So the Dodge and Chrysler brand lineups will not change much this year, notes The Wall Street Journal. In a conference call with analysts and journalists, Marchionne pointed to updates to the Jeep Grand Cherokee. They are an example of the “staggering” development costs Chrysler continues to face as rebuilds its lineup in the wake of the 2009 bankruptcy in the U.S.

The Chrysler Group had planned to offer as many as eight new or redesigned vehicles this year, including at least one new mid-size car this year, a subcompact and two small Jeeps, notes The Wall Street Journal. Some of those launches are being pushed back to 2015 or even 2016.

Meanwhile, Marchionne has acknowledged that the Dodge Dart compact has not been as successful as had been hoped when the car was launched last year. Some have complained about the lack of engine power, others have said it was a mistake to launch the Dart with manual transmissions, notes the U.S. business journal, which also pointed out that Marchionne said the Dart may have been launched with too many variations and upscale features.

“We’re working on this now, and we’ll see the benefit once the 2014 model year is launched,” he told the Journal, adding transmission and engine updates are coming, though these sorts of product investments place large demands on the company’s limited resources.

The Dart was in Chrysler Canada showrooms for less than half of 2012, with sales coming in at 3,460. December 2012 was a strong month for Dart (849 sold), but January Dart sales slumped to 447. If overall Dart sales in 2013 meet the December 2012 average, then Chrysler Canada can expect to sell 10,000 or more through the end of December 2013. That’s good, but a blip compared to the 64,962 Civics Honda sold in 2012. More worrisome, if January is a harbinger of things to come, Dart sales in 2013 might total about 5,000 – a paltry number, to say the least.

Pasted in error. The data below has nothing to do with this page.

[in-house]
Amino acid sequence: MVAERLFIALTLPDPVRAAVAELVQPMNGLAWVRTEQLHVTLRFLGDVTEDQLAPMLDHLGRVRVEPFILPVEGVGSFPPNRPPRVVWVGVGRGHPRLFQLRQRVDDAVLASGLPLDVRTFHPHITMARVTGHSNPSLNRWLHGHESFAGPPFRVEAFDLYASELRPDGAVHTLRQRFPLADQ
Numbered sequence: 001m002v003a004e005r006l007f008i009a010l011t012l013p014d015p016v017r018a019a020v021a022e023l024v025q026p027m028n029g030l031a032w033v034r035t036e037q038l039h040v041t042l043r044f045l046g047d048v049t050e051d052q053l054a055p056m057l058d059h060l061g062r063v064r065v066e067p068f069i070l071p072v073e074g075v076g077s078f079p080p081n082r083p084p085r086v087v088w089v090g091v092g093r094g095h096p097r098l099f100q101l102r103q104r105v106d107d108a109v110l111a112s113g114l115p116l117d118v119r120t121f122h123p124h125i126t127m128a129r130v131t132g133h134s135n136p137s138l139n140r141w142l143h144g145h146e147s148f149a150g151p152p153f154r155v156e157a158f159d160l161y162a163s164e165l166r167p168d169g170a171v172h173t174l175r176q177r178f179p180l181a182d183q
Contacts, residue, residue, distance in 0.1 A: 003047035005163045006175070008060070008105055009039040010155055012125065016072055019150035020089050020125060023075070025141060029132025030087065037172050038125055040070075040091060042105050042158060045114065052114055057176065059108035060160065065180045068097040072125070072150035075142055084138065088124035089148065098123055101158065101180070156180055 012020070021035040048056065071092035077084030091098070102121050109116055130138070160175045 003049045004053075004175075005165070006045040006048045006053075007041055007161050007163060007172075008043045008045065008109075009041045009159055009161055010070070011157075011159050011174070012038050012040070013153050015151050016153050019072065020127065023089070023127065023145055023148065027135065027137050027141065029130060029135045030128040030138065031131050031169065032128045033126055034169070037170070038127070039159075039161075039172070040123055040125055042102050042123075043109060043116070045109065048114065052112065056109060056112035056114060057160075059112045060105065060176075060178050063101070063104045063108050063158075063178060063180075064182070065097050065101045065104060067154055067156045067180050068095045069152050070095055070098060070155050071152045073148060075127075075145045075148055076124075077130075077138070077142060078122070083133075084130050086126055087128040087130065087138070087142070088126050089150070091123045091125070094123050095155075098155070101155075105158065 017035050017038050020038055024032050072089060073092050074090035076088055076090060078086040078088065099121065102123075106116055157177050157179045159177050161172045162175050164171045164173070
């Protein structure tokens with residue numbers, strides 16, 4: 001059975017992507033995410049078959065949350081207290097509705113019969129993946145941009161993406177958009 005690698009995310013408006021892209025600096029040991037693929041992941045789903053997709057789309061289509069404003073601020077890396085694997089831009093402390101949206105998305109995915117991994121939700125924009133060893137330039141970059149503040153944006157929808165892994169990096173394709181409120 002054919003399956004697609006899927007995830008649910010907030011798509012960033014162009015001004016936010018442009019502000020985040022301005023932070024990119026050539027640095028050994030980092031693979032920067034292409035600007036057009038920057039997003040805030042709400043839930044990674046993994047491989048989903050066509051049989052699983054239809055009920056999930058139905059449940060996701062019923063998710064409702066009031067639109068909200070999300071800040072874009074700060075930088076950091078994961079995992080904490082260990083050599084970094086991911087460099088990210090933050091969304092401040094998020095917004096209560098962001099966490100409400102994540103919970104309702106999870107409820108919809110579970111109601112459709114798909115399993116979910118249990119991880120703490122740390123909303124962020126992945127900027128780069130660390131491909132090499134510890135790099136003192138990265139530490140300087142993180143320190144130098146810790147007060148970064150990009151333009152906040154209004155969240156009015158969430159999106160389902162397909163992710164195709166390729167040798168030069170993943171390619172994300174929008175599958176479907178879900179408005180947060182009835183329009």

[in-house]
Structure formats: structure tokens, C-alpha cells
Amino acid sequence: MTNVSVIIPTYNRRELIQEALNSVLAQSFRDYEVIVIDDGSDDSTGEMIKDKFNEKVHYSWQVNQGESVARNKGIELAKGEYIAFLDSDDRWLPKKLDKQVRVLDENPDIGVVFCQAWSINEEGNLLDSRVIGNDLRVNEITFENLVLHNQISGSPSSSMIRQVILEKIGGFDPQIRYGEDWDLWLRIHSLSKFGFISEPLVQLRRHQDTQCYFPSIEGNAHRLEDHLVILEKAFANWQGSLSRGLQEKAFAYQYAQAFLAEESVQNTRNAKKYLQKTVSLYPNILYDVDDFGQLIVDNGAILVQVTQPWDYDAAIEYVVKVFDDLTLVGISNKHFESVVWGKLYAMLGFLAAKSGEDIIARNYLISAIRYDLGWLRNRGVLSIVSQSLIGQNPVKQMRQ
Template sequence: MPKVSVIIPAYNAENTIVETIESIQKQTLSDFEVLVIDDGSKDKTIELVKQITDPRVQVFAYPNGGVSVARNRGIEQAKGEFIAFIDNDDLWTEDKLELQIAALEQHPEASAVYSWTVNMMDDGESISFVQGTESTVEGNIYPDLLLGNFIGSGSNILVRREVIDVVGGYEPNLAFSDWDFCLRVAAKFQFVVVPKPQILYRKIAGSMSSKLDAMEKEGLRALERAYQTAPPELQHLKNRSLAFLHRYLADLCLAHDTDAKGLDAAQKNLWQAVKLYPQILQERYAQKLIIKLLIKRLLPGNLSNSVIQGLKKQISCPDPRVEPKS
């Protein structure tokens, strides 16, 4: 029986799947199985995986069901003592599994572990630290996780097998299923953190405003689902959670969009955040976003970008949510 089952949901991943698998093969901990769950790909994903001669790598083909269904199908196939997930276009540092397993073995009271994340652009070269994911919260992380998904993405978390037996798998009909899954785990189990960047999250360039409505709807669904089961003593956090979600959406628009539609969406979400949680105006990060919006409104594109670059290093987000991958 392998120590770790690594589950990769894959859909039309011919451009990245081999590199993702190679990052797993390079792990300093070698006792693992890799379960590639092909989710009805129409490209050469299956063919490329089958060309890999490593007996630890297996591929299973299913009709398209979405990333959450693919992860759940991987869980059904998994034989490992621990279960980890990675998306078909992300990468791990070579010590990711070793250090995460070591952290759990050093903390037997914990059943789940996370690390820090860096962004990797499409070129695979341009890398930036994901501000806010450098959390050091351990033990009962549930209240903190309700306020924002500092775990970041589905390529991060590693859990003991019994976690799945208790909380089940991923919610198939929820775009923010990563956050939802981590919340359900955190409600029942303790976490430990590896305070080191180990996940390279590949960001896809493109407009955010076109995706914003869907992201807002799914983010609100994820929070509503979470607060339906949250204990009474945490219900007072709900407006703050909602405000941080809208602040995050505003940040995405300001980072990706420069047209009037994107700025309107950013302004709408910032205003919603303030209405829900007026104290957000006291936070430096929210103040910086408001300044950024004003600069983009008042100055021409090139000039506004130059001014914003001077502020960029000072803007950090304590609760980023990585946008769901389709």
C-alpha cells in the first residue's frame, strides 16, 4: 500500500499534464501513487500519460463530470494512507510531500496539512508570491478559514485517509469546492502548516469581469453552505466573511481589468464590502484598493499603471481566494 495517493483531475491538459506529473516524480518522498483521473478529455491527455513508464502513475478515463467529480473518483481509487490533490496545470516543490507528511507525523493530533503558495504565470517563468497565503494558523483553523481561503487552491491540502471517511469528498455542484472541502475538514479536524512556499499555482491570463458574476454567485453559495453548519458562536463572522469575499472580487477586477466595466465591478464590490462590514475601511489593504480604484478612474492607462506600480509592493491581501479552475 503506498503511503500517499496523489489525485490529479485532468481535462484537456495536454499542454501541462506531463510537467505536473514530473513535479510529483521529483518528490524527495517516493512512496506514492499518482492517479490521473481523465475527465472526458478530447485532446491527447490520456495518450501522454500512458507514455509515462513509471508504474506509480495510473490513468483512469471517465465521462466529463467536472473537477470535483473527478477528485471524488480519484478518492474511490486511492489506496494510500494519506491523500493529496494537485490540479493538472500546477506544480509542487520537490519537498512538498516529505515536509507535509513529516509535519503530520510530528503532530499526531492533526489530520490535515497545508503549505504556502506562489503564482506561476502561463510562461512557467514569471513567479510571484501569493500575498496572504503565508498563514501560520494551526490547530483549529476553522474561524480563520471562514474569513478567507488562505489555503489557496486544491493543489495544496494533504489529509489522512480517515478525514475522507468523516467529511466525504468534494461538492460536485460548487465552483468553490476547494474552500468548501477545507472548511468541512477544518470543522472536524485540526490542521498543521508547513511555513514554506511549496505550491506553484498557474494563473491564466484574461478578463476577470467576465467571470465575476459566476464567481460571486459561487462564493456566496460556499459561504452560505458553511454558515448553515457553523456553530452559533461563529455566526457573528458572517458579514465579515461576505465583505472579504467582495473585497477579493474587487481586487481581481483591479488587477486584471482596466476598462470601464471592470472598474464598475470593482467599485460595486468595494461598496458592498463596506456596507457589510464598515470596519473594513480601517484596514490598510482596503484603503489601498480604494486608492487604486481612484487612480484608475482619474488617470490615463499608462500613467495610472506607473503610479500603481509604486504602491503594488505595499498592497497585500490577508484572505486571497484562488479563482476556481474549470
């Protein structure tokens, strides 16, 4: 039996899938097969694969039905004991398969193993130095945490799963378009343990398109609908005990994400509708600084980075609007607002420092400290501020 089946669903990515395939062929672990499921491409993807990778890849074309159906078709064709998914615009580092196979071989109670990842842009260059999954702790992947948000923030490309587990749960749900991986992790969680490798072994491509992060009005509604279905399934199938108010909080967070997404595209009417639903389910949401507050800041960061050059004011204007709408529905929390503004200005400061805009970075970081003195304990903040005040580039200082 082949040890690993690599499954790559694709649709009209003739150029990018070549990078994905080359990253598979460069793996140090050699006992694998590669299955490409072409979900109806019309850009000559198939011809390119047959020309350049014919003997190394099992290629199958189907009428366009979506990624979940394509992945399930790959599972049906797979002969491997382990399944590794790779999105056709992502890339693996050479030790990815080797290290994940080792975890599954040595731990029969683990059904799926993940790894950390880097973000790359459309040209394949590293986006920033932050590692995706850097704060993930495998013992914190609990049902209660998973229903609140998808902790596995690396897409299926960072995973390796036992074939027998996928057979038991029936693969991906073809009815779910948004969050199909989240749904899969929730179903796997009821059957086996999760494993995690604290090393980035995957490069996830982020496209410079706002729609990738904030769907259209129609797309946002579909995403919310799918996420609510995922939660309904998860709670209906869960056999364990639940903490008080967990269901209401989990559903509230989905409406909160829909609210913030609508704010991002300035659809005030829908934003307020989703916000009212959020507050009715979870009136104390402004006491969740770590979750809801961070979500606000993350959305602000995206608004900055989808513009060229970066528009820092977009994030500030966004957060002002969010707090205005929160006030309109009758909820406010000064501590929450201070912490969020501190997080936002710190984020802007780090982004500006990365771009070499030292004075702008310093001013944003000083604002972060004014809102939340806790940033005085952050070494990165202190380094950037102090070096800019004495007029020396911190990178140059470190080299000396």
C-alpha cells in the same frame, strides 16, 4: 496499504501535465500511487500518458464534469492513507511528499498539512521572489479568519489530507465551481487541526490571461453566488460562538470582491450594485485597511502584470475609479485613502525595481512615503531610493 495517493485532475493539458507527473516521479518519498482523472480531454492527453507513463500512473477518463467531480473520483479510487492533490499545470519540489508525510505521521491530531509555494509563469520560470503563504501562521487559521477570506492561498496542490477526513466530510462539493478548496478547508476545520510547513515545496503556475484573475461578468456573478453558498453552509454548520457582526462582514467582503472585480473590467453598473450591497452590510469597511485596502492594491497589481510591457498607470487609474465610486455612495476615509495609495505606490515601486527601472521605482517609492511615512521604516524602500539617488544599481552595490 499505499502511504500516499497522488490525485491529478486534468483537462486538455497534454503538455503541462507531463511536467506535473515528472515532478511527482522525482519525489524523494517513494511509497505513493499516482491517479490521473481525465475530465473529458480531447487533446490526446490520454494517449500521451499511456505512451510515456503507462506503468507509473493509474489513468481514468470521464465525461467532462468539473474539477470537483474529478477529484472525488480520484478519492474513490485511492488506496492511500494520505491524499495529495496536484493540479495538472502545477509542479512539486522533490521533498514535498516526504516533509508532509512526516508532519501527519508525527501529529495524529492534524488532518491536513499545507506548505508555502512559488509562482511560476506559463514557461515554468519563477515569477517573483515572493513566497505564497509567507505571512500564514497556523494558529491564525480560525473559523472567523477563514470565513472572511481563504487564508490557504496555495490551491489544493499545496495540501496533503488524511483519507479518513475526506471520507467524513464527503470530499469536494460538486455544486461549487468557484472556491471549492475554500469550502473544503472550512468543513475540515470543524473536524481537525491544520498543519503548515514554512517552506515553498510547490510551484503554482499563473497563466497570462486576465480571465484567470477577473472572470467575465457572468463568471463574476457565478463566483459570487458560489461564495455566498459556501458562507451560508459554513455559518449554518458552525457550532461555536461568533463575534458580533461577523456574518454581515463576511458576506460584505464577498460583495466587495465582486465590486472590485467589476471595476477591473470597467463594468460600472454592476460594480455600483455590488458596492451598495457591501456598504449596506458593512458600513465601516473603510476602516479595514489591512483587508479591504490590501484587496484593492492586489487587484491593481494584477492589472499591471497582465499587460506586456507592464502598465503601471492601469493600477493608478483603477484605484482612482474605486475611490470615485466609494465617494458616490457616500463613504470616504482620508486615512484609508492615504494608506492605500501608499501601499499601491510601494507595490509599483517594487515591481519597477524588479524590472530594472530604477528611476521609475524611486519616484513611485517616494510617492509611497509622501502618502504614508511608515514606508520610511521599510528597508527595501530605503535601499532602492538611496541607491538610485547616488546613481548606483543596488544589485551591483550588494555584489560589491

So one thing I learned from the January sales numbers is that while Chrysler continues to chug along nicely, the year ahead is going to get challenging, month-by-month. Here are four other things I learned from the January results, with five more coming tomorrow in a second post:

2. We might be in for a record year for new vehicle sales in Canada. DesRosiers points out that the SAAR (seasonally adjusted annual rate) for January was 1.7 million – a solid increase over the 1.675 million new vehicles sold in Canada for all of 2012.

3. Chrysler may have led the industry in total sales, but as DesRosiers points out, “Ford was actually the big winner in January with sales up 8.1 per cent and a 17.0 per cent share of the market” to 16,193. For the record, General Motors’ sales were up 6.2 per cent last month, that in a market that was down 2.2 per cent overall.

4. Nissan Canada remains a mystery. Despite the arrival last year of three all-new core models (Sentra compact, Altima mid-size and the Pathfinder SUV), sales overall were down 13.6 per cent in January. Nissan officials say they expect increases in the year ahead, given the strength overall of the new products, and the attractive pricing. Pathfinder sales were up 35.7 per cent in January, while Sentra sales increased 7.5 per cent. Sales at Nissan’s Infiniti luxury unit were up 42.7 per cent.

5. Toyota Canada stumbled in January, too. Sales were down 11.5 per cent. The company says it ran short of outgoing RAV4 compact utilities, in anticipation of the launch of an all-new 2013 RAV4. If the new RAV does as well as the new Toyota Avalon near-luxury sedan (sales up 169.2 per cent), then Toyota can expect a strong 2013 as the new RAV rolls out this spring.

globedrive@globeandmail.com

Follow on Twitter: @catocarguy

In the know

Most popular video »

Highlights

More from The Globe and Mail

Most Popular Stories